• by JBMcB ( 73720 )

          Of course, but back then I spent idle hours reading BYTE articles comparing different CPU architectures, and they always made a point of showing the MSB/LSBs flipped on little- and big-endian machines. Doesn't matter in a register, but I didn't know better. Then again, a post-grad TA should know what I'm asking and why I'm asking it.

          • I miss BYTE!. Everyday after class in high school I would go to the public library where they had the complete collection starting in 1975. I read every single word in every issue until they went to crap in the early 90's.
        • by mwvdlee ( 775178 )

          It may be prettier when all the bits are in order, but it's not necessarily the best way for a CPU to process those bits.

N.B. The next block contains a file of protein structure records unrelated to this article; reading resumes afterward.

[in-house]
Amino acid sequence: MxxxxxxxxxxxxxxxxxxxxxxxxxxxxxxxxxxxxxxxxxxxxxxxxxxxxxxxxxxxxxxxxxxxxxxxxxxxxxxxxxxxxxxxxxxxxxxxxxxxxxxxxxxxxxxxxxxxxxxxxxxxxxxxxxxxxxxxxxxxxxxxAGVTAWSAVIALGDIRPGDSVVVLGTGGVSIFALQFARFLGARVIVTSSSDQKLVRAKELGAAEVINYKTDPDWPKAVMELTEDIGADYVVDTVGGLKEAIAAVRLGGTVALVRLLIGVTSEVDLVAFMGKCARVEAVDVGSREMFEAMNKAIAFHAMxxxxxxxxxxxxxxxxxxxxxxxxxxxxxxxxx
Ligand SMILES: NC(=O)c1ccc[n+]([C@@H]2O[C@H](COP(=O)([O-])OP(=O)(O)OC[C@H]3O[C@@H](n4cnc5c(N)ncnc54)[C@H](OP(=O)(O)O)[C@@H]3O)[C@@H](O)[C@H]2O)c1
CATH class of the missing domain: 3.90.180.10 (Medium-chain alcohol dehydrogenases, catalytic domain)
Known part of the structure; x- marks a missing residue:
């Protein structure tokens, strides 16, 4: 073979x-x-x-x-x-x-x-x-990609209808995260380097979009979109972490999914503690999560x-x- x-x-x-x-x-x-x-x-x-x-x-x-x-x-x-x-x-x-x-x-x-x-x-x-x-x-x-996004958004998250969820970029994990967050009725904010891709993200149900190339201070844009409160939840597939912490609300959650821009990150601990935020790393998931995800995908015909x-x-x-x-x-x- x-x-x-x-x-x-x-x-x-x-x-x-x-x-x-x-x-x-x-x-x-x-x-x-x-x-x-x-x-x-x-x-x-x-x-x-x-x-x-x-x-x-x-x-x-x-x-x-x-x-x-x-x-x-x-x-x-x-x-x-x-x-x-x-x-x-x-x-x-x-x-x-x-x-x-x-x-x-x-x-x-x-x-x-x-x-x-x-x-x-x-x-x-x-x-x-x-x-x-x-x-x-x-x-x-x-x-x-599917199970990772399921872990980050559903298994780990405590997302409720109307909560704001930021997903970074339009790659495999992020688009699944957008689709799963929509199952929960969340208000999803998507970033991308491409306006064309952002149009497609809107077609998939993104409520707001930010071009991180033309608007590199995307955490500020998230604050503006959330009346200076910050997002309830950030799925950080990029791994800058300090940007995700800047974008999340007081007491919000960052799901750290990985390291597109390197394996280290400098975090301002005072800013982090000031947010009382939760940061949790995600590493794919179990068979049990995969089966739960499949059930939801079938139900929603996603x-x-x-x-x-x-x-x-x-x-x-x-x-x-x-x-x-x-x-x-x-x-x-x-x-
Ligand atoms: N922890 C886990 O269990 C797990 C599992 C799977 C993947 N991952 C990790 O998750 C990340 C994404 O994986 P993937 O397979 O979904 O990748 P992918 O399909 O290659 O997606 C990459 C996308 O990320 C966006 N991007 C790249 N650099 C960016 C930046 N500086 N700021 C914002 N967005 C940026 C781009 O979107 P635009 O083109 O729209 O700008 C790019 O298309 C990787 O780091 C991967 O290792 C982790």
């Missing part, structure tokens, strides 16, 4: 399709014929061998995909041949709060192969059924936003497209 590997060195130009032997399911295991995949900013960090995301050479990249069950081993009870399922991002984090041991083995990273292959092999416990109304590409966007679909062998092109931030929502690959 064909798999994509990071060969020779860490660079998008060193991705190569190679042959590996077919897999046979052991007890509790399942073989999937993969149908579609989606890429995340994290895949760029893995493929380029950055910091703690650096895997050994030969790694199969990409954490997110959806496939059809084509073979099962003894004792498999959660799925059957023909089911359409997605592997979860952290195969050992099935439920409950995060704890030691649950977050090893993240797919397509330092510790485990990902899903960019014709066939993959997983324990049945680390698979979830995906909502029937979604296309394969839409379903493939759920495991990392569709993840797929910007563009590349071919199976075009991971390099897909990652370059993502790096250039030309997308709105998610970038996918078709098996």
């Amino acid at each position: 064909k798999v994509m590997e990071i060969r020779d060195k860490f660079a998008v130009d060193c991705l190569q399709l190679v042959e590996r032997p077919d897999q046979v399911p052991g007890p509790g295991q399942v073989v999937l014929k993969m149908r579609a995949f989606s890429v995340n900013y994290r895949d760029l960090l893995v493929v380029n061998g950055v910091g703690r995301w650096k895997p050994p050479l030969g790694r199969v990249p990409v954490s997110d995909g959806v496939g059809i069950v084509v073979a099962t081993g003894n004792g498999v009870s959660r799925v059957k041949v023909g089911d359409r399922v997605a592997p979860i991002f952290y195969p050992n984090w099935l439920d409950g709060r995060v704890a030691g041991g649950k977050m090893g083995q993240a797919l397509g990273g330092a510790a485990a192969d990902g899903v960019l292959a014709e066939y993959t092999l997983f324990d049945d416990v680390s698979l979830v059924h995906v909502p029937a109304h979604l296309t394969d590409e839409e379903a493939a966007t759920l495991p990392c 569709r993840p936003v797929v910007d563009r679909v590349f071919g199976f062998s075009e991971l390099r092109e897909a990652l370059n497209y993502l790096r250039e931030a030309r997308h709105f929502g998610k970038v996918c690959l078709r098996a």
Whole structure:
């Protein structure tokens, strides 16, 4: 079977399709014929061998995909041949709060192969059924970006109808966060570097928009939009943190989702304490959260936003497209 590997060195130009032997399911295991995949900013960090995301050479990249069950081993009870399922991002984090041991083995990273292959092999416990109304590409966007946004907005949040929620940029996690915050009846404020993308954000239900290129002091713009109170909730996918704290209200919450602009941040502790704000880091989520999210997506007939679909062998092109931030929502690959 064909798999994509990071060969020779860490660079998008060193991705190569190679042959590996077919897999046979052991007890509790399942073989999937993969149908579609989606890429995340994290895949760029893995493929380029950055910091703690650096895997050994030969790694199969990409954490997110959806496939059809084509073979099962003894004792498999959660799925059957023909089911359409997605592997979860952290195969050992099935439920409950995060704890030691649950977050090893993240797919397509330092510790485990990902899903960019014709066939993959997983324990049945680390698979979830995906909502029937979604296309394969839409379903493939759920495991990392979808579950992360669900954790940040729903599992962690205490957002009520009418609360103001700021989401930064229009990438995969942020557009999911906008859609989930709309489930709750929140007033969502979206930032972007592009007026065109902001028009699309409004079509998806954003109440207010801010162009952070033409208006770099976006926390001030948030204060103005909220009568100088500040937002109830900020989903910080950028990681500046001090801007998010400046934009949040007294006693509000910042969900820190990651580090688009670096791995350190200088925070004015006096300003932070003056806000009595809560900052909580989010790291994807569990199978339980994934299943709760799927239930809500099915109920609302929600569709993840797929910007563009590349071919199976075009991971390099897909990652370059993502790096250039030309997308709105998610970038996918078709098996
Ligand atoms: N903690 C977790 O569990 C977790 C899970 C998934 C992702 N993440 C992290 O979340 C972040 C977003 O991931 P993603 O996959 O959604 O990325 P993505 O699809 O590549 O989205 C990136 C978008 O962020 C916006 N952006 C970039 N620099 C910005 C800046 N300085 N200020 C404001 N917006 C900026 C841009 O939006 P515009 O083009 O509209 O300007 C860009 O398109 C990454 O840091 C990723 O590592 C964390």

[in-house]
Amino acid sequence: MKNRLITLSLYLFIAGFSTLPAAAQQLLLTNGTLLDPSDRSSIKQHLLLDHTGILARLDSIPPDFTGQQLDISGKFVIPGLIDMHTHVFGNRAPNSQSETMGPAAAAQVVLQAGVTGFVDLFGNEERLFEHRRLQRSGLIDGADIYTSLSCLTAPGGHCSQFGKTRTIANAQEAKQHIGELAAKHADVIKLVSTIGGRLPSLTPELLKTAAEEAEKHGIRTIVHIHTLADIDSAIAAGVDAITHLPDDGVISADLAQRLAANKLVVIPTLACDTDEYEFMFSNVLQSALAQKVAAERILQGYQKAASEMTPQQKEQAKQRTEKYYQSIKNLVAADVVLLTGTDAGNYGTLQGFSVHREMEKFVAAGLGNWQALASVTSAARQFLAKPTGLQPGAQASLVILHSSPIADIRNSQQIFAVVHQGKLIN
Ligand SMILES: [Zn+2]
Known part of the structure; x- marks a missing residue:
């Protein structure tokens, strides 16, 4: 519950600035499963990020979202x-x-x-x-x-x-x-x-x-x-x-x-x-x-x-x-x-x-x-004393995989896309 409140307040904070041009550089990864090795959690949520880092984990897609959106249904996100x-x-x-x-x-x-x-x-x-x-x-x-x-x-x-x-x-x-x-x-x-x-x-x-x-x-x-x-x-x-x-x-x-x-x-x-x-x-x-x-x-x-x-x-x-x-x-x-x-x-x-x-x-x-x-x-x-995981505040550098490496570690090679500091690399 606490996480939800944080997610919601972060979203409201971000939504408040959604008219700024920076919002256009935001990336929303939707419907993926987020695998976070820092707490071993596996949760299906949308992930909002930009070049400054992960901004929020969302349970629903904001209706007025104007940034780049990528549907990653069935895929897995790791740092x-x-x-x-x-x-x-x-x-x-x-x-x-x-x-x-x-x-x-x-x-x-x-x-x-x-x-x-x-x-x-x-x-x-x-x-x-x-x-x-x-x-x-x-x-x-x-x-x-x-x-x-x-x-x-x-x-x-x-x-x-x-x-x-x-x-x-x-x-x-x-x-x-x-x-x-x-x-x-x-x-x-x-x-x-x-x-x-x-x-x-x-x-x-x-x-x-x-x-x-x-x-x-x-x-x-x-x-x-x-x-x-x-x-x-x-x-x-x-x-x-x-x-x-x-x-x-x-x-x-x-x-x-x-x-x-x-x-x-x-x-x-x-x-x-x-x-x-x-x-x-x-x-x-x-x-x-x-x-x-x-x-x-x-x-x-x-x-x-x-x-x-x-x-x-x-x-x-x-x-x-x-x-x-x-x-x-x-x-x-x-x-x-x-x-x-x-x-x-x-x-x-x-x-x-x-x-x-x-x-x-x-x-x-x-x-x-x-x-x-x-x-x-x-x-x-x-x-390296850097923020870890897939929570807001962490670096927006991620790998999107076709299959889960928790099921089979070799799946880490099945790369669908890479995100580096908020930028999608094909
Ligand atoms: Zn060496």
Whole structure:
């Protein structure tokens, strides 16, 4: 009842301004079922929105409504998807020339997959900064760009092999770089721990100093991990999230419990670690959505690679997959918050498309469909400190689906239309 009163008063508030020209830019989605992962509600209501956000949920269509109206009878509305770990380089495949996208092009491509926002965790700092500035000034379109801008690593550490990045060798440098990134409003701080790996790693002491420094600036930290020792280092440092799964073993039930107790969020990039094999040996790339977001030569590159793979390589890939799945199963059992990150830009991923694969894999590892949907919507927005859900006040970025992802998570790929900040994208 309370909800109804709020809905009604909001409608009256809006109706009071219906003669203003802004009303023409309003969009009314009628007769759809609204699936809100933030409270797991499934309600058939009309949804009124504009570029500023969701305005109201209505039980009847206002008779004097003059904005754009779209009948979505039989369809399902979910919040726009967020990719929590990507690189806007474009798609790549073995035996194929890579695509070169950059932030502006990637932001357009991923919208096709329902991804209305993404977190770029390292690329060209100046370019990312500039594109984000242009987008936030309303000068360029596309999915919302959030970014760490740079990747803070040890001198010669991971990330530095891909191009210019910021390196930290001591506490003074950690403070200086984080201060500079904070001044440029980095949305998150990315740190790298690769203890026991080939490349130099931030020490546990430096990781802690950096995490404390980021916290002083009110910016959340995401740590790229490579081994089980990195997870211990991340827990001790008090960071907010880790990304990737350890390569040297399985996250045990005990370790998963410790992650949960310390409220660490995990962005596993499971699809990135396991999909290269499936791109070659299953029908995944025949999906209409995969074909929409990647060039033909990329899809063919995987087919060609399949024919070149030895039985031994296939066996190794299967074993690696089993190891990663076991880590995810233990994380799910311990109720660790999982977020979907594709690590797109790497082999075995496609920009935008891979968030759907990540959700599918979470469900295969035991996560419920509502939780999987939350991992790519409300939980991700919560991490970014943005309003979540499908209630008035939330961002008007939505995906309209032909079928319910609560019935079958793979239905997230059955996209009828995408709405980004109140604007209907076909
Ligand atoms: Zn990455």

This used to make a significant difference on old CPU's, where having the lowest byte first meant you could start some types of calculations before having read the highest byte from memory. I don't think it makes much difference nowadays, but it wasn't illogical when they first though of it.

  • by Crashmarik ( 635988 ) on Monday April 04, 2016 @08:02PM (#51841961)

    It seems half the government needs to be held accountable for taking advantage of students

    • by gweihir ( 88907 )

      In fairness to the government, they are trying to delay the inevitable realization by the masses that there is no perspective for them and the inevitable collapse that will follow.

    • And banks should be tortured for exploiting the poor with things like bounce check fees.
      And Walmart should not be allow to pay dividends approximately equal in value to the amount US tax payers are required to pay their employees in welfare and food stamps.